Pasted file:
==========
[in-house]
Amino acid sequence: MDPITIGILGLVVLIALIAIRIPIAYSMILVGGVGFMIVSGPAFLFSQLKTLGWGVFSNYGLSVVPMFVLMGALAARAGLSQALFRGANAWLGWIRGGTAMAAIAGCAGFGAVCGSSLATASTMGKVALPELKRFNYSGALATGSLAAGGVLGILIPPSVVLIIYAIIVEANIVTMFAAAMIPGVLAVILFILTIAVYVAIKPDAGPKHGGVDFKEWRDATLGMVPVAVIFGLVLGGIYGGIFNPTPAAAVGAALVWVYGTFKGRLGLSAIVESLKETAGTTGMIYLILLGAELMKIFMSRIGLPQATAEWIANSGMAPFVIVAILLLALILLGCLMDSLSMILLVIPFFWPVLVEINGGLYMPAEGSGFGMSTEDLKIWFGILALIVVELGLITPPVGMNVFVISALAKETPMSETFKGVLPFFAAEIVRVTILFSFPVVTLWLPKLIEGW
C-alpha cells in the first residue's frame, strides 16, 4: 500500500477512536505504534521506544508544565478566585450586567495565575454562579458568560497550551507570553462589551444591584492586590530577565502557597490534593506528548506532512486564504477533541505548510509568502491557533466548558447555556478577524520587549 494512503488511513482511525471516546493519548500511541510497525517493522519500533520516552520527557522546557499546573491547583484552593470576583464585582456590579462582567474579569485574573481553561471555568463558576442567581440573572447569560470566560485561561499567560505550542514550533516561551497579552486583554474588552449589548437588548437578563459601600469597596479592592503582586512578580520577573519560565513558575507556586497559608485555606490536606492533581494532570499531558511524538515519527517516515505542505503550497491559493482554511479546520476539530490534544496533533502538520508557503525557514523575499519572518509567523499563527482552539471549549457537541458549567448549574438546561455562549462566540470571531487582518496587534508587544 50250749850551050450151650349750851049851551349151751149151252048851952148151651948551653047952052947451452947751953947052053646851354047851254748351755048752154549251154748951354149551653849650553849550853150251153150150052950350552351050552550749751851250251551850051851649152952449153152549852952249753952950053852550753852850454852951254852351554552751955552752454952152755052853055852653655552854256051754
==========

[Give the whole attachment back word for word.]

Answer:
[in-house]
Amino acid sequence: MDPITIGILGLVVLIALIAIRIPIAYSMILVGGVGFMIVSGPAFLFSQLKTLGWGVFSNYGLSVVPMFVLMGALAARAGLSQALFRGANAWLGWIRGGTAMAAIAGCAGFGAVCGSSLATASTMGKVALPELKRFNYSGALATGSLAAGGVLGILIPPSVVLIIYAIIVEANIVTMFAAAMIPGVLAVILFILTIAVYVAIKPDAGPKHGGVDFKEWRDATLGMVPVAVIFGLVLGGIYGGIFNPTPAAAVGAALVWVYGTFKGRLGLSAIVESLKETAGTTGMIYLILLGAELMKIFMSRIGLPQATAEWIANSGMAPFVIVAILLLALILLGCLMDSLSMILLVIPFFWPVLVEINGGLYMPAEGSGFGMSTEDLKIWFGILALIVVELGLITPPVGMNVFVISALAKETPMSETFKGVLPFFAAEIVRVTILFSFPVVTLWLPKLIEGW
C-alpha cells in the first residue's frame, strides 16, 4: 500500500477512536505504534521506544508544565478566585450586567495565575454562579458568560497550551507570553462589551444591584492586590530577565502557597490534593506528548506532512486564504477533541505548510509568502491557533466548558447555556478577524520587549 494512503488511513482511525471516546493519548500511541510497525517493522519500533520516552520527557522546557499546573491547583484552593470576583464585582456590579462582567474579569485574573481553561471555568463558576442567581440573572447569560470566560485561561499567560505550542514550533516561551497579552486583554474588552449589548437588548437578563459601600469597596479592592503582586512578580520577573519560565513558575507556586497559608485555606490536606492533581494532570499531558511524538515519527517516515505542505503550497491559493482554511479546520476539530490534544496533533502538520508557503525557514523575499519572518509567523499563527482552539471549549457537541458549567448549574438546561455562549462566540470571531487582518496587534508587544 50250749850551050450151650349750851049851551349151751149151252048851952148151651948551653047952052947451452947751953947052053646851354047851254748351755048752154549251154748951354149551653849650553849550853150251153150150052950350552351050552550749751851250251551850051851649152952449153152549852952249753952950053852550753852850454852951254852351554552751955552752454952152755052853055852653655552854256051754